Suggestions for quick, good looking finishes

I do alot of custom subwoofers for my clients, most often to get the most use out of an odd-shaped space. Usually black is the color of choice, although I do have more requests for unusual colors lately (just did one in yellow a week ago). My problem is, I am usually a major perfectionist when it comes to the exterior finish, much more than the client usually is, and sometimes time constraints make it really tough to get a good looking finish using my usually technique, which is just a paint/sand/paint/sand type of deal. I am trying to figure a technique that will still give me a cool looking finish (not necessarily smooth) that doesn't take days and days. I thought about giving the enclosure a heavy texture, maybe just some random looking strokes of dry-wall mud, like I have seen in houses, and then giving it just enough paint to cover. I know certain laminates and vinyl can be pretty quick and easy, but that could limit my color shoices and really only seems to be able to be done on the more simple design enclosures. I have heard that cans of truck bed liner make a good strong texture that can be coated. Any thoughts?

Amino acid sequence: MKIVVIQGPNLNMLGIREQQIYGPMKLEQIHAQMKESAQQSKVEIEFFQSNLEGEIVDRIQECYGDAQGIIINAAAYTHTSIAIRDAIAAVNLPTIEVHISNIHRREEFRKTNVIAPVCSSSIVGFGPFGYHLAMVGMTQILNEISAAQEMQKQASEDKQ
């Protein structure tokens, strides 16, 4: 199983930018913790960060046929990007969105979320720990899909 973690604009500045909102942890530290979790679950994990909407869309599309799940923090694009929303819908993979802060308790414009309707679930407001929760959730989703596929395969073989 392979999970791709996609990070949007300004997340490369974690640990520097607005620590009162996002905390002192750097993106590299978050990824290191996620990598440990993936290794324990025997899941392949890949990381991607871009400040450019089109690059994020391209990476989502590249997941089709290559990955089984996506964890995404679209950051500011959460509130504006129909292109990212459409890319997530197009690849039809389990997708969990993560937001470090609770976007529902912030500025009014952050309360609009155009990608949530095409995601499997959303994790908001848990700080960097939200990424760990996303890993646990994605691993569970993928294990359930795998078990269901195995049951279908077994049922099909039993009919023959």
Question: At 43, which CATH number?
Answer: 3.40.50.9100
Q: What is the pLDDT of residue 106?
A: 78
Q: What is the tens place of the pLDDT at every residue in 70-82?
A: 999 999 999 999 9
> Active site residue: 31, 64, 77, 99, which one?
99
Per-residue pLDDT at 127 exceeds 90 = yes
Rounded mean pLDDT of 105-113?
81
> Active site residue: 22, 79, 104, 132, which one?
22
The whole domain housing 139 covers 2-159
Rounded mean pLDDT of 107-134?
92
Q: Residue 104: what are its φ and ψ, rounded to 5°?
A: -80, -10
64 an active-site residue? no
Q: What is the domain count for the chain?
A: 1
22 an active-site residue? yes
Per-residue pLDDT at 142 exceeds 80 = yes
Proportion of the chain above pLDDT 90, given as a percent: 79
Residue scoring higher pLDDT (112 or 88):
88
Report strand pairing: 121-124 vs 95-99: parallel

x. onasis

2003-01-03 2:48 am
I've used the textured spray paint available at the box stores. Fun colors there, but if you don't like the selection, I'm sure you could over-paint them with another color and get a slightly textured finish.

If you're thinking of playing with a stipple finish, or "dash" or traditional skip-trowel plaster over plywood or mdf, prepare the wood with a water reactive bonding agent like weldcrete

This bonds a veneer plaster to raw wood and even painted surfaces. And yes, use veneer plaster (base coat and/or finish coat) NOT drywall compound, even the setting type like Durabond.

Veneer plaster is much harder. For added strength a fiber-mesh can be imbedded in the base (scratch) coat, or stapled to the substrate.

It's a fun, but messy process. In the Southwest US, bullnose corner bead is available off-the-shelf in many places.

Dash finish is probably easiest. Scratch coat first, when that's set, mix a slurry of thin finish about the consistency of sour cream and splatter it on with a brush. As it takes up, (sets a bit) gently trowel the surface slightly (knock it down).